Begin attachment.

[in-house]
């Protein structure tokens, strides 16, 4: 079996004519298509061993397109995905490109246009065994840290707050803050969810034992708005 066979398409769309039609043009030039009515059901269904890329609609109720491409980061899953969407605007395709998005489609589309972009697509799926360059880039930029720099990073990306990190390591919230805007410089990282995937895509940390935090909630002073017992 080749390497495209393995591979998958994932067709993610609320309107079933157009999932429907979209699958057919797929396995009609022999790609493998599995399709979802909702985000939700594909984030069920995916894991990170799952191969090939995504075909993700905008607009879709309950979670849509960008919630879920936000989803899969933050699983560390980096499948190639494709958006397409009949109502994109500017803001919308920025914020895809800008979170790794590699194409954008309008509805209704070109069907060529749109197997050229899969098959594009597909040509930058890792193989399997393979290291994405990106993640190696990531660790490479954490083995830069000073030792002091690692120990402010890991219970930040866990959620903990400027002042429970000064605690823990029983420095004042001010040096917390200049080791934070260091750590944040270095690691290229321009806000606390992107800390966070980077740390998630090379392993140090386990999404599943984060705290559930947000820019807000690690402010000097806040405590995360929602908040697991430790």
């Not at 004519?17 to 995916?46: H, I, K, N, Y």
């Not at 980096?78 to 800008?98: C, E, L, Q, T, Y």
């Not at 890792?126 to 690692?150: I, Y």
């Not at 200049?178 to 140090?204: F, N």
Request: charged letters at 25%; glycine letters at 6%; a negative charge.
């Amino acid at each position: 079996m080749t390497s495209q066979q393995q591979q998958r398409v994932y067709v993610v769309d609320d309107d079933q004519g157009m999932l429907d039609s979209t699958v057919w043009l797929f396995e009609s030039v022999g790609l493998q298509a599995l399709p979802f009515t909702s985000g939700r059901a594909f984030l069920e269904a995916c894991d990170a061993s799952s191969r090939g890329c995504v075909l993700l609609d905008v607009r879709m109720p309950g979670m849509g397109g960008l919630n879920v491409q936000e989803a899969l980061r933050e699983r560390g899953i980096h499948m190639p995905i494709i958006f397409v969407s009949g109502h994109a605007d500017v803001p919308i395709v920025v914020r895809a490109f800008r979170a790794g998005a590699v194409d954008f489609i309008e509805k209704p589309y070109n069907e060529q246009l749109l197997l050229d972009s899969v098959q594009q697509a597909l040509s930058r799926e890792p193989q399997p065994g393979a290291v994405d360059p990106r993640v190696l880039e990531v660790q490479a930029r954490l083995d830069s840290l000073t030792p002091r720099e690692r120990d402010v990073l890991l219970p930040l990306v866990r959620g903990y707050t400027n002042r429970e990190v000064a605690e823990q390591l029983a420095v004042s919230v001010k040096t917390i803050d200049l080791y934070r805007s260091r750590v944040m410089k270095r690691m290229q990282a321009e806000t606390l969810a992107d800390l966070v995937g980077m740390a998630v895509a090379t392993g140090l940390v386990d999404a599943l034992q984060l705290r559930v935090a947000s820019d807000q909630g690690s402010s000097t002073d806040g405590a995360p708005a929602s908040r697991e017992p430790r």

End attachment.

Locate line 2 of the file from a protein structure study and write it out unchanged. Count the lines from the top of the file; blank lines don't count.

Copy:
């Protein structure tokens, strides 16, 4: 079996004519298509061993397109995905490109246009065994840290707050803050969810034992708005 066979398409769309039609043009030039009515059901269904890329609609109720491409980061899953969407605007395709998005489609589309972009697509799926360059880039930029720099990073990306990190390591919230805007410089990282995937895509940390935090909630002073017992 080749390497495209393995591979998958994932067709993610609320309107079933157009999932429907979209699958057919797929396995009609022999790609493998599995399709979802909702985000939700594909984030069920995916894991990170799952191969090939995504075909993700905008607009879709309950979670849509960008919630879920936000989803899969933050699983560390980096499948190639494709958006397409009949109502994109500017803001919308920025914020895809800008979170790794590699194409954008309008509805209704070109069907060529749109197997050229899969098959594009597909040509930058890792193989399997393979290291994405990106993640190696990531660790490479954490083995830069000073030792002091690692120990402010890991219970930040866990959620903990400027002042429970000064605690823990029983420095004042001010040096917390200049080791934070260091750590944040270095690691290229321009806000606390992107800390966070980077740390998630090379392993140090386990999404599943984060705290559930947000820019807000690690402010000097806040405590995360929602908040697991430790």